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Reasons You’re Rejected For A Loan | Abound
Why you've been rejected for a loan and how to make sure you aren't next time
January 3, 2023

Getting rejected for a loan can be a frustrating experience. Thankfully, there are some proven ways to help increase your odds of getting approved. When applying for a loan, many people think that it all hinges on a credit rating and that a poor credit history is the reason behind loan rejections. However, although your credit rating is a big factor lenders consider when processing your loan application, it's not the only thing they take into account. Let's explore other reasons that might lead to your loan being rejected and what you can do to remedy the situation. Thankfully, there are also some new lenders, like Abound, that look at the whole picture rather than just a credit score. To find out more, click here.

1. You Have a Thin Credit File

Now, although this relates to your credit score, it's not the same as having bad credit. While a low credit score may be due to missed bill payments or credit card repayments (amongst other things), a thin credit file essentially means you have very little information on your credit report. This may be because you've just moved to the UK or just entered the workforce. Little or no information makes it difficult for you to prove your dependability and for a lender to calculate a credit score.

So what can you do about it? Well, the good news is that, because you're starting with a blank canvas, you can build your credit score up! Getting a credit card (and using it wisely) is a great way to start building your credit rating.

Often, a thin credit score is the reason behind graduates being rejected for loans. If this is the situation you're in, check out our advice on building a credit score as a graduate.

2. You're Already Borrowing Money

You've checked your credit score and are feeling confident! Yet, your loan application is met with a rejection. Could it be because you already have another loan or credit card?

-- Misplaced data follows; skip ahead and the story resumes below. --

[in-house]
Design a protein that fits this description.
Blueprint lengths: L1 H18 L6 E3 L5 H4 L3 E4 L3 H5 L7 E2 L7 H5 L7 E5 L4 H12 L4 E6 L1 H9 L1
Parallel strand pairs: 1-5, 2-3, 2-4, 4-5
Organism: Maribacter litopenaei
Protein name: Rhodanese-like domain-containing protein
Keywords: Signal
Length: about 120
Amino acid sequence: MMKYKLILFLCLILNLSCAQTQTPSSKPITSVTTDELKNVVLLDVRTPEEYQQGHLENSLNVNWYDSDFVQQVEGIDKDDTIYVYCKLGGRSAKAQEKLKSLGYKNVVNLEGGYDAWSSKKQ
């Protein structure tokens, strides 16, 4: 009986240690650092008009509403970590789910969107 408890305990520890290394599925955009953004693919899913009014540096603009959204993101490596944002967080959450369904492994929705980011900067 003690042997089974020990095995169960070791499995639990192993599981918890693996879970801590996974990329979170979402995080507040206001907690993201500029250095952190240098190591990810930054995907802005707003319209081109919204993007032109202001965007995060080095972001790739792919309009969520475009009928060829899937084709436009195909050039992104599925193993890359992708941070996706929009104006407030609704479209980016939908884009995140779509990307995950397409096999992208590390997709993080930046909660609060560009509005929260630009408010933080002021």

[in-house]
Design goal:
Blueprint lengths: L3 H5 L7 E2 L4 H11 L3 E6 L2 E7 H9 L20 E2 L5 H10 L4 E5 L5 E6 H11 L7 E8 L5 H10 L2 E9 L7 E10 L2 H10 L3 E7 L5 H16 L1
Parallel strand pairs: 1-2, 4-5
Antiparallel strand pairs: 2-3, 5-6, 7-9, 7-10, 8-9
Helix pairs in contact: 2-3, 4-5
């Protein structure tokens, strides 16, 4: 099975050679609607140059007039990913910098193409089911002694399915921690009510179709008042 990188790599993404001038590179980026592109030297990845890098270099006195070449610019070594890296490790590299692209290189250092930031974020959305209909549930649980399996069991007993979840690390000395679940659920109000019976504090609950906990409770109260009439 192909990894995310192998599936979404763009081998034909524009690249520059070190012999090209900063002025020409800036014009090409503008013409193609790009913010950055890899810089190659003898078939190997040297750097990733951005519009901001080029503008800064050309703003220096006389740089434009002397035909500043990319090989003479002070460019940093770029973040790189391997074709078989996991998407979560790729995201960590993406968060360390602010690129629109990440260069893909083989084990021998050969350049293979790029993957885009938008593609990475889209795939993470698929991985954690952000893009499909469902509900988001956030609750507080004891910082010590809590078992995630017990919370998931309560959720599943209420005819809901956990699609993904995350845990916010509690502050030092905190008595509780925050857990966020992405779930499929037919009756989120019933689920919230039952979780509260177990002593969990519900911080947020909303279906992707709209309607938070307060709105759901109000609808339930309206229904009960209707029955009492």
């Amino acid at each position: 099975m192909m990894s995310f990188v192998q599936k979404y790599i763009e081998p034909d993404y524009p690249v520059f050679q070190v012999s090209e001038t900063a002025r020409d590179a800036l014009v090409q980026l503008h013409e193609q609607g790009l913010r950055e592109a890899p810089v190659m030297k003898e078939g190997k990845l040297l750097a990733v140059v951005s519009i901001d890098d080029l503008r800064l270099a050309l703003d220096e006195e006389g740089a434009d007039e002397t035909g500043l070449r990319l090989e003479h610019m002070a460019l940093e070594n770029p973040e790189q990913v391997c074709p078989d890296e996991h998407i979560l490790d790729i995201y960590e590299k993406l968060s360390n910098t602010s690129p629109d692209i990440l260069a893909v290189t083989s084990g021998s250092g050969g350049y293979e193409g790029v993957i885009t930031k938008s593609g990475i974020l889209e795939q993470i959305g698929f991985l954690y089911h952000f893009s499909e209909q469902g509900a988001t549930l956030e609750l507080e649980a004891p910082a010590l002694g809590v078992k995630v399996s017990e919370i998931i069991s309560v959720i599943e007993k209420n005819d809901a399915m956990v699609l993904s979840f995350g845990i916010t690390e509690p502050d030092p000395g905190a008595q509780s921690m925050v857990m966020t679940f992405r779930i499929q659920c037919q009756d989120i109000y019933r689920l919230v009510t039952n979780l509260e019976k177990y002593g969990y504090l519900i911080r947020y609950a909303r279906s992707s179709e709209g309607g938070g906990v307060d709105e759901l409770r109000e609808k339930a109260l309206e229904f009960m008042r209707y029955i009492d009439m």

As well as looking at your credit history, lenders assess your current financial situation to make sure you can afford loan repayments on top of your other expenses. If you already have money going out to another lender (even if you're well within your credit limits), the lender you've applied to may be concerned that you will struggle to make their repayments on top of your other commitments.

3. Your Personal Details Are Incorrect (Or There's Missing Information)

It might seem like a small point, but typos and incorrect details could be the difference between a loan acceptance and rejection! If the information on your application doesn't directly match your credit file, the lender may flag your application as fraudulent. If this happens, they may ask you to provide extra proof of identity or flat-out reject you.

Fortunately, this issue should be an easy fix. Before reapplying after a rejection, ensure every detail on your credit file is up to date and error-free — address, full name, etc. Then, when you apply for a loan again, be extra careful filling the form out.

It's also worth noting that it could negatively impact your credit score if you apply immediately after a rejection. So if incorrect details are the culprit, explain the situation to the lender first.

4. You Have An Unstable Employment History

Lenders like to see that you have a steady and reliable income. Job changes and freelance work from multiple employers can disrupt your income calculations. It's best to wait until you've been in your new job for at least 60 days before making a loan application.

If you are self-employed or do seasonal work, it doesn't necessarily mean your loan application will be rejected. However, be prepared to show past tax returns to prove your income and show consistency.

5. Your Income Doesn't Meet the Lender's Minimum Requirements

As well as a sable employment history, lenders like to see you earn enough to repay the money you borrow. If your income isn't high enough to reach the lender's threshold, you could be denied.

If you have a low employment income, don't worry. You may just need to highlight any money you have coming in from other sources — for example, investments, child support payments, or side jobs.

It could also be worth applying for a lower loan amount so the lender feels confident that you can make the repayments.

How To Get Accepted For a Loan

As you can see, there are a number of reasons a lender might not accept your loan application. Most of the time, these can be easily fixed, and you can re-apply at a later date. But how do you make sure your loan application is accepted the first time round?

  • Check your credit report before making any applications - you can check your score for free (without affecting it) through Experian, ClearScore or Credit Karma. If it needs building, work on that first. Also double-check that all your personal details are correct and up to date.
  • Make sure you have proof of income - before applying, gather any documents you may need to prove your affordability.
  • Only apply for loans you can afford - there's no point applying to borrow a high amount if it will be impossible to pay it back. Review your income and expenditure and apply for a realistic amount.

Or try a lender that does things differently, like Abound

With a Abound loan, you can borrow £1,000 to £10,000 for up to three years at a low-interest rate (Representative 18.8% APR (variable)). We also believe that a loan application shouldn't hinge on your credit history. That's why we look at your bank transaction data (using open banking tools) to get a holistic view of your financial situation and assess your affordability.